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Is Showing Up to Work Sick Ever a Good Idea?


The short answer: No. But if you live in the U.S., where employers aren’t required to offer paid sick leave, you might have to load up on non-drowsy meds and deal with it.


We’re nearing the end of flu season, but anyone can get sick year-round. So how do you handle “presenteeism” with a full-time job? You’ve probably heard “you should stay home, and get better” from a manager. As hard as you try to convince yourself they mean it, deep down you know there is an unspoken rule that you will be at the office the next morning, for better or worse.


Even in the instances where companies require a doctor’s note for paid sick leave, they may not directly tell employees not to take the time they need to get well, but are definitely discouraging them from it. Last year a photo was posted to Reddit showing a doctor’s note for someone whose company required it to explain an absenteeism. The note looks a little sketchy and I question its validity, but the content alone makes for some very logical points. A doctor’s job is to save lives, not write sick notes for managers who don’t trust their employees when they’re sick.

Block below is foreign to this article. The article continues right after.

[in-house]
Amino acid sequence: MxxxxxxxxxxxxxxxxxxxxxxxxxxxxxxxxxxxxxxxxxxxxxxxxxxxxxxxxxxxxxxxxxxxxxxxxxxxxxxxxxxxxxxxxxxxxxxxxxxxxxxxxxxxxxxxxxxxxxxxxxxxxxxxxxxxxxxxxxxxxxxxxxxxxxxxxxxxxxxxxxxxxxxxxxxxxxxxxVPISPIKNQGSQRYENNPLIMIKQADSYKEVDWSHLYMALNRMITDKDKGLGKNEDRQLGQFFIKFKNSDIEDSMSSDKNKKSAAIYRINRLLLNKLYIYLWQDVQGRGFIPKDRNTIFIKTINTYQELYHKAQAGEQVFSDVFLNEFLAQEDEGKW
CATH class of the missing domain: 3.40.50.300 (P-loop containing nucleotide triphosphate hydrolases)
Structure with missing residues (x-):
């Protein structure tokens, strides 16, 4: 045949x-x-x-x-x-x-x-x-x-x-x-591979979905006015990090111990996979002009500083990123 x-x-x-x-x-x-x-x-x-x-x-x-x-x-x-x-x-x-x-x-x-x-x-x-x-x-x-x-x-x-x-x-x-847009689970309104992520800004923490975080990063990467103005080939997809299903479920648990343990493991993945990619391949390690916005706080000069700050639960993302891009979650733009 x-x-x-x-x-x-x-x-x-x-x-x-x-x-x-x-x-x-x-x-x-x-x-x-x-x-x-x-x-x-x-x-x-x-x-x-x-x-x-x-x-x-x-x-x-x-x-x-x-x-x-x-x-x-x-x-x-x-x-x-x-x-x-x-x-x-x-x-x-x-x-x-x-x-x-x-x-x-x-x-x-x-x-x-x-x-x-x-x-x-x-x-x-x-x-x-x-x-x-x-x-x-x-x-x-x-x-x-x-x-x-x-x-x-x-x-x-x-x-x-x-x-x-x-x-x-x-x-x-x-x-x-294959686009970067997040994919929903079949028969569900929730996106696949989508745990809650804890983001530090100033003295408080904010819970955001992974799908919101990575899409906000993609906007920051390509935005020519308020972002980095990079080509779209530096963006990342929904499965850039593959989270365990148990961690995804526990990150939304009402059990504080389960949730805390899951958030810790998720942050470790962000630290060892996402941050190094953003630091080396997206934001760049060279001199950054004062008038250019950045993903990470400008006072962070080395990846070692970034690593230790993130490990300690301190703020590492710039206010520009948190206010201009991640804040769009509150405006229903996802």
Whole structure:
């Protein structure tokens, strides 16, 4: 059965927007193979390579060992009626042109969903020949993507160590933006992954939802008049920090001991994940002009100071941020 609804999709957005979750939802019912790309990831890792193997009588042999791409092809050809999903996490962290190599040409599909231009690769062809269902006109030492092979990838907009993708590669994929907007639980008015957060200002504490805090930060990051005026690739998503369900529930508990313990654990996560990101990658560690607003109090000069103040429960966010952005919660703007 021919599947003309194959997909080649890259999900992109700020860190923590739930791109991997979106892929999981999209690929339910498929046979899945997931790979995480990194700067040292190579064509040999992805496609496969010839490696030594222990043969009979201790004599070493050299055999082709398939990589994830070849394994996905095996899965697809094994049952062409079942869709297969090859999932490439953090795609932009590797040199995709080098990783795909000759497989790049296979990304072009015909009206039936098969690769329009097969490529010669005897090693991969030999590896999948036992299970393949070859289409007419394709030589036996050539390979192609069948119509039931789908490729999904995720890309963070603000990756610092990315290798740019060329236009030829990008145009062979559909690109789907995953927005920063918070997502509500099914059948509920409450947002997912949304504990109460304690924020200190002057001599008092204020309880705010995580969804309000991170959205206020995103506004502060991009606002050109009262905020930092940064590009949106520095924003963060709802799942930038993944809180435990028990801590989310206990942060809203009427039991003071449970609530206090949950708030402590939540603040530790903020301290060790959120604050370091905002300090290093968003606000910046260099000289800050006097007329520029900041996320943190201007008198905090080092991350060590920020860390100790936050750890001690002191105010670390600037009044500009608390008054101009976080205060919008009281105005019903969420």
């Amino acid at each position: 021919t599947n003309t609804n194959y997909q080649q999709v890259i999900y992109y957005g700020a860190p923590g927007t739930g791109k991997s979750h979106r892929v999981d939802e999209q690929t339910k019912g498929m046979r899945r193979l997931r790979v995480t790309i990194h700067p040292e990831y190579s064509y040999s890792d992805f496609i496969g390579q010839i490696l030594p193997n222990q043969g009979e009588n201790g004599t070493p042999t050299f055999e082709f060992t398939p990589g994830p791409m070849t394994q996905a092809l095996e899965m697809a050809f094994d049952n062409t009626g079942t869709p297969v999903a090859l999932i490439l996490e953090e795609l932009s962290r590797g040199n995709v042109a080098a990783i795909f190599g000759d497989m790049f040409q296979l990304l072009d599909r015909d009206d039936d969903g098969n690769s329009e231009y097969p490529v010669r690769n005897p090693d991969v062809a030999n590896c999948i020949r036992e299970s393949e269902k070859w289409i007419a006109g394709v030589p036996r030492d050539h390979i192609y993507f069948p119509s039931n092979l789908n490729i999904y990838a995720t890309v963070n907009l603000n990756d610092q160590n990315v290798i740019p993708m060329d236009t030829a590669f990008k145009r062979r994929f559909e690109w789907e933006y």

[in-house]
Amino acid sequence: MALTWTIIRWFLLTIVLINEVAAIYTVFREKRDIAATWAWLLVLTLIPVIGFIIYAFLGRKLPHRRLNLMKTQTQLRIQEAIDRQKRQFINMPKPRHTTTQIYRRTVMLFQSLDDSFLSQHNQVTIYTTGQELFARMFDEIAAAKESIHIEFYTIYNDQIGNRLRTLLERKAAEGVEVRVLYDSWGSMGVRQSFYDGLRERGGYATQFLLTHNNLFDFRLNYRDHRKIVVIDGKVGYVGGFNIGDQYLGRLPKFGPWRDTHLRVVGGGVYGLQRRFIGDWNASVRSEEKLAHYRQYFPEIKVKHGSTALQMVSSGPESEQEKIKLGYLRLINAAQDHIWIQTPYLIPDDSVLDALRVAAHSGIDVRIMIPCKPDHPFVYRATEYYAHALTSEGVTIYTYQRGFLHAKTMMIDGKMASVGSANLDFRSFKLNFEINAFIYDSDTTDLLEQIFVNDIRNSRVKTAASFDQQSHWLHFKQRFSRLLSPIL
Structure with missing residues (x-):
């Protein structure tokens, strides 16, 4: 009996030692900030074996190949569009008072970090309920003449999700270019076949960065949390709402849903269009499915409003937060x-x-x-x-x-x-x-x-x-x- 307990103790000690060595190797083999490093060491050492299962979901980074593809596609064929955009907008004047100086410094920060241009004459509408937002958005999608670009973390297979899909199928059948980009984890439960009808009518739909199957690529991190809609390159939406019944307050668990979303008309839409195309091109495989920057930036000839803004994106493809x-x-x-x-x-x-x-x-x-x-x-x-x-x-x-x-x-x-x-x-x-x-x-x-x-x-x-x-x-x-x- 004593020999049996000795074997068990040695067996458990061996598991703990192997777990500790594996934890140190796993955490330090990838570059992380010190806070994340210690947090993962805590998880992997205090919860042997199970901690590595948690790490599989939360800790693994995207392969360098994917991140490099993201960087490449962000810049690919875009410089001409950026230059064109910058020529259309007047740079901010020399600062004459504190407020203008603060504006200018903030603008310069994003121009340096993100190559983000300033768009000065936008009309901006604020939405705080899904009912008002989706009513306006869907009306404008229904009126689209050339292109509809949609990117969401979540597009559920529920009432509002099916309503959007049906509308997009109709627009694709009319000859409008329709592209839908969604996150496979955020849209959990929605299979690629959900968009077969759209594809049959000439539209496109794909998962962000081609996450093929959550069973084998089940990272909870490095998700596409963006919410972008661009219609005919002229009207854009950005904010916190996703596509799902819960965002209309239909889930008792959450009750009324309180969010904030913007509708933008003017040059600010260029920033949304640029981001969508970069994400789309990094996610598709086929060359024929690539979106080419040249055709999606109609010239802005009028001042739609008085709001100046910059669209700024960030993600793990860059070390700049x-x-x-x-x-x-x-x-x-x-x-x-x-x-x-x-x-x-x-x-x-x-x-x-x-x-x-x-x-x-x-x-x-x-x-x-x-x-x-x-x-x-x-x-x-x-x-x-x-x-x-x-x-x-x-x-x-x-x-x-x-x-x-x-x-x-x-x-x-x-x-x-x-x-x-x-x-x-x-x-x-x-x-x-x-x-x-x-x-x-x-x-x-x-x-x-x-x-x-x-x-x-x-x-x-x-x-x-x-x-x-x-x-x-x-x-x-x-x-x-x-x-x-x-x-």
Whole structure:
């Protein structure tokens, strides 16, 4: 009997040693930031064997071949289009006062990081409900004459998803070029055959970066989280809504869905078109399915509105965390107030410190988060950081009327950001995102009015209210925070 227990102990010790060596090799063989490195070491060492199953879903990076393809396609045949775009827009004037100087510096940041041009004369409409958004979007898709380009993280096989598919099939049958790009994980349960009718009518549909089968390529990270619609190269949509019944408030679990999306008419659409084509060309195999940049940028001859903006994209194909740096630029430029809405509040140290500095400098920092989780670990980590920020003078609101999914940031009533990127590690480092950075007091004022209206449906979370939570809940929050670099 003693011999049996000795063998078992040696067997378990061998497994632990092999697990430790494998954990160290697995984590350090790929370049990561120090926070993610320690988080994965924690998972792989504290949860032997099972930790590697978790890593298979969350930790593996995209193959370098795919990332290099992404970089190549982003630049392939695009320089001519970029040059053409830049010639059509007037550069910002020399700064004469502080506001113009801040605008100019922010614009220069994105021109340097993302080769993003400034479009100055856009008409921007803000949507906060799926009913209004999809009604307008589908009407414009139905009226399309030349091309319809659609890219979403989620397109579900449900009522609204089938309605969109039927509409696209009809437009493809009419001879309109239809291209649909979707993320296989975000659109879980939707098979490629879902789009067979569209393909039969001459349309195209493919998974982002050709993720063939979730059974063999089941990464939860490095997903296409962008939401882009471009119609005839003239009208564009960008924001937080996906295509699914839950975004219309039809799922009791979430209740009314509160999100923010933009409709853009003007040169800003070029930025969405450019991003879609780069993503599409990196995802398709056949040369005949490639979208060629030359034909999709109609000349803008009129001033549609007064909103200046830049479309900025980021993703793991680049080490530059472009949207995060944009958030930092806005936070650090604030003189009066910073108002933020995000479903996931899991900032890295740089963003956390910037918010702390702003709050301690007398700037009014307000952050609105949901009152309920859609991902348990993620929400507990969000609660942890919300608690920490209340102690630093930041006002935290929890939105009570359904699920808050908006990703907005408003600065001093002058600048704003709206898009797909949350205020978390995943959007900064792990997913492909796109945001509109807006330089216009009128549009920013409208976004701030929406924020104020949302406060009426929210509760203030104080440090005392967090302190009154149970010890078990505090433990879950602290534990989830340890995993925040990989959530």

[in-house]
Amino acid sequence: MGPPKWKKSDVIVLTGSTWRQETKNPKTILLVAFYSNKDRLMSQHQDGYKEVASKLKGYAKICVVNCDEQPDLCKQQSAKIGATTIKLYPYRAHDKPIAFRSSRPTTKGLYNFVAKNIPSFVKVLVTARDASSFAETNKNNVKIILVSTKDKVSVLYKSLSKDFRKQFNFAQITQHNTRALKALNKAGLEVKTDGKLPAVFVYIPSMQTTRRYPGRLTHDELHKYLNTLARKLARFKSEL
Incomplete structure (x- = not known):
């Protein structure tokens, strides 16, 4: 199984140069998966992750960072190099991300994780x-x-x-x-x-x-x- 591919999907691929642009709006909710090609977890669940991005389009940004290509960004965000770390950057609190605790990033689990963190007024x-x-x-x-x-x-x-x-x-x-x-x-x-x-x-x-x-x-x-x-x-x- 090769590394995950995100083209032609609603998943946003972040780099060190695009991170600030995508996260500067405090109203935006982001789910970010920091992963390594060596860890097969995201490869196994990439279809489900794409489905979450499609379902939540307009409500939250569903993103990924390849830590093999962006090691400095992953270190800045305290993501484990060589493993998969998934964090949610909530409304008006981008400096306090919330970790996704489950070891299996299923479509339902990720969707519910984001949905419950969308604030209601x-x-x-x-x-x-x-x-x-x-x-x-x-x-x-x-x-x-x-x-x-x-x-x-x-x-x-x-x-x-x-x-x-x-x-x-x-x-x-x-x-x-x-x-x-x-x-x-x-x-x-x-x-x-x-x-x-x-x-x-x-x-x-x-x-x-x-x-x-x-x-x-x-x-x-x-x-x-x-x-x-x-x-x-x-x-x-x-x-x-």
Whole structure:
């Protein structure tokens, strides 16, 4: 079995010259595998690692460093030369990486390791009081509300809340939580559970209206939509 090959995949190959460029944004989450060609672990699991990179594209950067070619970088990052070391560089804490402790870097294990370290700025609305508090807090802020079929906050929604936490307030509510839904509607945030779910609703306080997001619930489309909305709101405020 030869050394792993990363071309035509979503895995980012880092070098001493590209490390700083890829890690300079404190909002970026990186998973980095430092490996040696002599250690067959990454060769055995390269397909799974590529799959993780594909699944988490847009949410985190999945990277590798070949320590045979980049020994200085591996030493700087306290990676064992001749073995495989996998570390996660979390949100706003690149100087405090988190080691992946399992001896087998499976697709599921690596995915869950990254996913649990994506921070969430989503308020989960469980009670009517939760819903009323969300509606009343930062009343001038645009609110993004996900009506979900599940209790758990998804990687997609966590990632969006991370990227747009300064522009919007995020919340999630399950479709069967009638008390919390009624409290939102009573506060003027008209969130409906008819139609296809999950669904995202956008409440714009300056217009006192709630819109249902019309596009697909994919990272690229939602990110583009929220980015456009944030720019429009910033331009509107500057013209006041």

Paid sick days are an emerging perk in many companies, but for the hourly workers where that isn’t an option, you’re expected to push through and hope you have a day off soon to recover. Even those servers and kitchen staff members where you eat get sick. Do you want someone handling your food who has had a fever for the last 24 hours? Probably not. It could be costing the company or establishment more than they know.


Germs can spread like wildfire in offices, attacking immune systems, and it only takes one person to offer up the first cough to put everyone at risk. Employees who are sick are less likely to participate in discussions, have creative ideas, and are definitely not at their best. Ever tried to lead a meeting after taking a dose of codeine cough syrup? If you can even remember how it went, it probably wasn’t your best work.


Taking precautions like disinfecting common areas in the office and offering to pay for flu shots for employees who want them are a great way to lower the risk of spreading sickness around. If it is absolutely necessary for an employee to work while sick, allowing them to work from home is the best way to guard against spreading illness.


Ultimately, employees will bounce back more quickly and be able to focus properly on the tasks at hand if they are given the time off they need to get well. We should support our fellow employees’ well-being and instead of giving them grief for taking a day or two off, we should praise them for taking care of themselves first. And everyone in the office will thank them for not being this season’s Typhoid Mary.


Last Updated: March 4, 2016
About the author

Cally Martin

Callan is a social media loving, blog writing, event planning freelancer who believes in the power of the oxford comma. Originally from America’s high-five (Michigan), she’s been in Austin since 2015 and doesn’t plan on moving anytime soon. When not attached to WiFi, she can be found running around the lake or drinking mimosas at brunch.